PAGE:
Lord John

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About Lord John

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  1. Maybe just an attempt of getting a "market value" for the instrument ? As I posted previously it was loaned on long term to the city of Cremona.
  2. What do you guys think about that scar ?
  3. Good point. Do you believe the graft is original ? what could have triggered such a repair ?
  4. Lot 202 on the Tarisio June sale is the Ruger that was exposed at the "treasure trove" in Cremona, and was on "extended loan" to the town since 2008. https://tarisio.com/auctions/auction/lot/?csid=2198978560&cpid=3395305472&filter_key= It is sad to think that this beauty will leave its cradle, and remain concealed from now on. By the way, the back of this violin has always intrigued me, being in four parts of uneven but utterly handsome curl. I would say temptatively : "pearwood". (on other pics the back appears of a much more reddish hue) This denomination covers a broad range of tree species, from the true pears(Pyrus spp.), up to the service trees (Sorbus spp.) etc. I also heard that the cremonese makers used the mediterranean hawthorn (Crataegus azarolus). In this specific case, could it be Azarolus ? another clue might be the uneven grain, hesitating between tangential and radial plane, as could be expected from a ridged, gnarled trunk.. Any thoughts about that ?
  5. Dear violin friends, A few weeks ago, I posted a thread about an unknown violin bought at Amatis, with peculiar f holes. With not much success, I must admit... Next step was to go to the luthier, in order to get the thing fixed. So I went to Roland Terrier, at Mirecourt. I was pleased to see he took much interest in the violin, wich he identified as a XIIIth century instrument, most probably french. Roland said he would check his extensive photographic database in order to see if identification could be pushed further. Two open cracks had at least to be repaired, plus the usual fittings after a careful internal check. Some time later, I mailed to inquire about the violin. Roland had removed the top plate and was happy to indicate he had identified the maker, in an absolute manner. This happens rarely in such cases, but a detail he had observed but on this specific (scarce) maker had given him the answer. Here I join Rolands pic, with his kind permission.... The way the linings are (deeply!!) mortised into the corner block is indeed surprising, and typical for Claude Aubert, a french luthier who lived in the East of France, at Troyes. Once this had been cleared, the shield-formed wood replacement at the upper back plate, made sense. Aubert is known for branding his instruments between the interrupted purflings, on the back He is of course not the only one to do so (see a very old thread on the pegbox ). A previous repair had tried to erase the marks of a "less valued" maker.... I encourage you, if not already done, to visit Rolands impressive site about the Mirecourt school of violin making (and much more...) https://www.luthiers-mirecourt.com/galerie_instruments.htm The Aubert cello shows, in my eyes, some more similarities to this nice little violin. I am deeply indebted to Roland for sharing his knowledge with me, and allow me to publish this... Hope you had interest in reading that too.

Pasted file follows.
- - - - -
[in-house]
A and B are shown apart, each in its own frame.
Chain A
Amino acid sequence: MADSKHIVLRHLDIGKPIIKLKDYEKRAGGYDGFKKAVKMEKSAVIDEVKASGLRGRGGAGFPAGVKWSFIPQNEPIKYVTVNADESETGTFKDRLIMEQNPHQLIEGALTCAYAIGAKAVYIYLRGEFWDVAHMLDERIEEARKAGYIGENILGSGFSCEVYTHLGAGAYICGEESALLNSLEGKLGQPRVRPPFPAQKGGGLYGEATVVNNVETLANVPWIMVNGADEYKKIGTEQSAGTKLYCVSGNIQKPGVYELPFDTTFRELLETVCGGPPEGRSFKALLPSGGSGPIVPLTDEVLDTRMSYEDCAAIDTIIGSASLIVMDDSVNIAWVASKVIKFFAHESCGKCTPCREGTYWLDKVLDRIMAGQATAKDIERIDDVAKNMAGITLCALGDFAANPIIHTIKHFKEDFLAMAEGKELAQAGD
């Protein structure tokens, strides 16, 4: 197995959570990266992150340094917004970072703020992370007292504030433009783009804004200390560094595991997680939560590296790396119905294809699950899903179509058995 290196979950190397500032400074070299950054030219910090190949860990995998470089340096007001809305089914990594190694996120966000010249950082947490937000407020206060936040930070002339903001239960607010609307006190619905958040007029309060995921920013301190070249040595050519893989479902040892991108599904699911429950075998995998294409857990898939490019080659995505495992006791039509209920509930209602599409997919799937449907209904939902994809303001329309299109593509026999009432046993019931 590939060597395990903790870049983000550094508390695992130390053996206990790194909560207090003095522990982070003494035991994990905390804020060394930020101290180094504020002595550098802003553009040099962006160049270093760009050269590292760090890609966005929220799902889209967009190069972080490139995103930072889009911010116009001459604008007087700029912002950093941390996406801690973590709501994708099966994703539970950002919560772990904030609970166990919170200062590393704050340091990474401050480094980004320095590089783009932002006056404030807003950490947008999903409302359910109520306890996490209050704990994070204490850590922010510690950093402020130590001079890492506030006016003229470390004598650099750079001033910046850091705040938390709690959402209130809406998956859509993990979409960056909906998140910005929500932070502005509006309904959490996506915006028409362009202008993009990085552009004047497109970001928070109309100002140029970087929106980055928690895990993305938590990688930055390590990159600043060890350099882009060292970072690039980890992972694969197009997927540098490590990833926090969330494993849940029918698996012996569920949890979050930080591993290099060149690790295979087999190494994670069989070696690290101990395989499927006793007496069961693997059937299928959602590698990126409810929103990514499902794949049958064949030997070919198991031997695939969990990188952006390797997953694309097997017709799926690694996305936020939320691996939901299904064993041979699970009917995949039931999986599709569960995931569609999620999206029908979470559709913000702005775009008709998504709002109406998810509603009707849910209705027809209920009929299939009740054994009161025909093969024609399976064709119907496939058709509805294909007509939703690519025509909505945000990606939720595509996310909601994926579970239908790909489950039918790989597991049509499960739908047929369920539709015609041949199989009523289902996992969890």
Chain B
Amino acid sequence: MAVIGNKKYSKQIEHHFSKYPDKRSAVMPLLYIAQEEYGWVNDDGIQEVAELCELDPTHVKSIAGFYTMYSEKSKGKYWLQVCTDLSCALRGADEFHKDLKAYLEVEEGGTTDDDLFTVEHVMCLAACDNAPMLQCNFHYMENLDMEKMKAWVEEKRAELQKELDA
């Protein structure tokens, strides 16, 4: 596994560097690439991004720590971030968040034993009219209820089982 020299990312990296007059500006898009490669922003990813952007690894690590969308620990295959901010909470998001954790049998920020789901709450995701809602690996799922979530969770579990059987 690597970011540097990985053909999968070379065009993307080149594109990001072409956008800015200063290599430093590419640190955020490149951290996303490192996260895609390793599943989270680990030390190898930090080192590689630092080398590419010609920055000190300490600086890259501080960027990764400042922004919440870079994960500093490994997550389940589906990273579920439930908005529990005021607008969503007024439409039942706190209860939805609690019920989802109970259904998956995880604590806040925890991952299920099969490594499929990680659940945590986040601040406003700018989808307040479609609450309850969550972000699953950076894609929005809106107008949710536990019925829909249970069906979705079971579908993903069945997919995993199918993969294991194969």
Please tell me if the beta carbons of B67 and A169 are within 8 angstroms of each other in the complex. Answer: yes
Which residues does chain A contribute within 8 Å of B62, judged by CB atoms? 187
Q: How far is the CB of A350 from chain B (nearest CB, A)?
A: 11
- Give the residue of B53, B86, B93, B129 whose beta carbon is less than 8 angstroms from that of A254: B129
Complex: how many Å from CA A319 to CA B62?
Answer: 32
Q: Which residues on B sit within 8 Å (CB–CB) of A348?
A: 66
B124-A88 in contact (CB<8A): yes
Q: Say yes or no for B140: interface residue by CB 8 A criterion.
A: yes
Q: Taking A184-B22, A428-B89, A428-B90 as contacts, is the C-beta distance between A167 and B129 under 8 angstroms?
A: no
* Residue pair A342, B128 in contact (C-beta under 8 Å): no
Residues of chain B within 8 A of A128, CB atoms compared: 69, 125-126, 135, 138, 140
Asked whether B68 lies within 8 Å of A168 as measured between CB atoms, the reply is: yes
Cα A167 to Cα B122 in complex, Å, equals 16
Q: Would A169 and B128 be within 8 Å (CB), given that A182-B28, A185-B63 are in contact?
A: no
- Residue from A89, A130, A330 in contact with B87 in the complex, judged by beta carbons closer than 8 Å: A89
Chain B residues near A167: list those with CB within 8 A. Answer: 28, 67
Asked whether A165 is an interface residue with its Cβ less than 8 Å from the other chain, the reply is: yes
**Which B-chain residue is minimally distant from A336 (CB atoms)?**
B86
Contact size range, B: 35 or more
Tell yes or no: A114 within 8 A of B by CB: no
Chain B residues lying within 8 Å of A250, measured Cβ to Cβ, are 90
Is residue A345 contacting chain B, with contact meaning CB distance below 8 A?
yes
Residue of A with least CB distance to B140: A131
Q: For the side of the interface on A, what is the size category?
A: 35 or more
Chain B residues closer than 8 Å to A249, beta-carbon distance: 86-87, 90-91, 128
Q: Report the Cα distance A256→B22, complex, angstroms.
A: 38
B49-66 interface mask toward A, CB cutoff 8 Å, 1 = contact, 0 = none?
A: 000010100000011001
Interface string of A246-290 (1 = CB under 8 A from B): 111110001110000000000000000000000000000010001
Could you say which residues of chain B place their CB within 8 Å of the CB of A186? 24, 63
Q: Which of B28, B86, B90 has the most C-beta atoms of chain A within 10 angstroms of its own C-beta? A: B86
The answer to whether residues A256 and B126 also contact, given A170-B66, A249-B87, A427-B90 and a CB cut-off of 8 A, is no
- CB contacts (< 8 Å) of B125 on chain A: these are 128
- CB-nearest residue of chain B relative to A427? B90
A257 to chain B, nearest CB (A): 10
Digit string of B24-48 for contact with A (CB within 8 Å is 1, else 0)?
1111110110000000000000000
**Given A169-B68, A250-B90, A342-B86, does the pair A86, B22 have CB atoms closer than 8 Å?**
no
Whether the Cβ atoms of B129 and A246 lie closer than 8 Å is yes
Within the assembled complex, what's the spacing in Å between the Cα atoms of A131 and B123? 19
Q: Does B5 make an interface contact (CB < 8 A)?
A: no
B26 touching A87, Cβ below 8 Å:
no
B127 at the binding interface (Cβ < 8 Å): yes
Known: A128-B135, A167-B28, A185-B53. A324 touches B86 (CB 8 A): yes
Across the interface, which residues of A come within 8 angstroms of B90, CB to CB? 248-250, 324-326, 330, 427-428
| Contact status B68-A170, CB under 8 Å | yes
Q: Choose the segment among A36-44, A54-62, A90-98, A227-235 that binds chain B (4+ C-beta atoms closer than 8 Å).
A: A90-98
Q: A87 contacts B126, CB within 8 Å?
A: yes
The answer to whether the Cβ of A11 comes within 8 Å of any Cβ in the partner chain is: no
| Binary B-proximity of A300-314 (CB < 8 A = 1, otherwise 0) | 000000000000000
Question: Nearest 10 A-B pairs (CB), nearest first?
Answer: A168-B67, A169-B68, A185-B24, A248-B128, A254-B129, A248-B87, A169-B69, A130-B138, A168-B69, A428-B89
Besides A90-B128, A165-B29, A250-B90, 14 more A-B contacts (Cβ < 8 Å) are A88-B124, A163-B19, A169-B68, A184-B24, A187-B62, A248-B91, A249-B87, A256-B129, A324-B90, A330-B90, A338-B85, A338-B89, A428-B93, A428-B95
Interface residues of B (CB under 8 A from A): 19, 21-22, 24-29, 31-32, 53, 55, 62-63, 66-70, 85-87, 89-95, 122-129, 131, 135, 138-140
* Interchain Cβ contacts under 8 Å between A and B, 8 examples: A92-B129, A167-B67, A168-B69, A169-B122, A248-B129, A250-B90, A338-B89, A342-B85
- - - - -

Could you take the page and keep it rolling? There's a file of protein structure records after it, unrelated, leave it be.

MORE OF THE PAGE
6. a precision, maybe useful, is that the body length is 349mm
  7. Sycamore wood has strong physical and technological affinities with beech wood, except it has much more radial rays. That gives the heavily mottled (and fairly aesthetic)aspect on a radial cut. IMO it should have slightly lower density than most maples. the "grain" is somewhat rougher than maple, too. Expect it to be a bit harder to get fully polished.
  8. I recently acquired a violin from amatis, wich f holes seem a bit "personal" to me. I am waiting for the instrument to be shipped, but meanwhile I join a few pics : scroll, table and back. The violin has already been heavily worked over : see corners (lower left f. e.), back. More or less successfully. I will hopefully be able to send more details soon. The usual question : any clues on where and when ? With many thanks for your kind advice
  9. Hi folks; I came across this violin recently, with some interesting features. It is not mine yet, as the label on the pics evidently tell. I wondered if anyone had a clue wich country it comes from (german ? french?) if it had been submitted to an antiquizing process, and if it is worth acquiring/repairing. What are the marks at the scroll ? the bottom rib seems heavily damaged or is it only superficial ? Thanks a lot for your help, LJ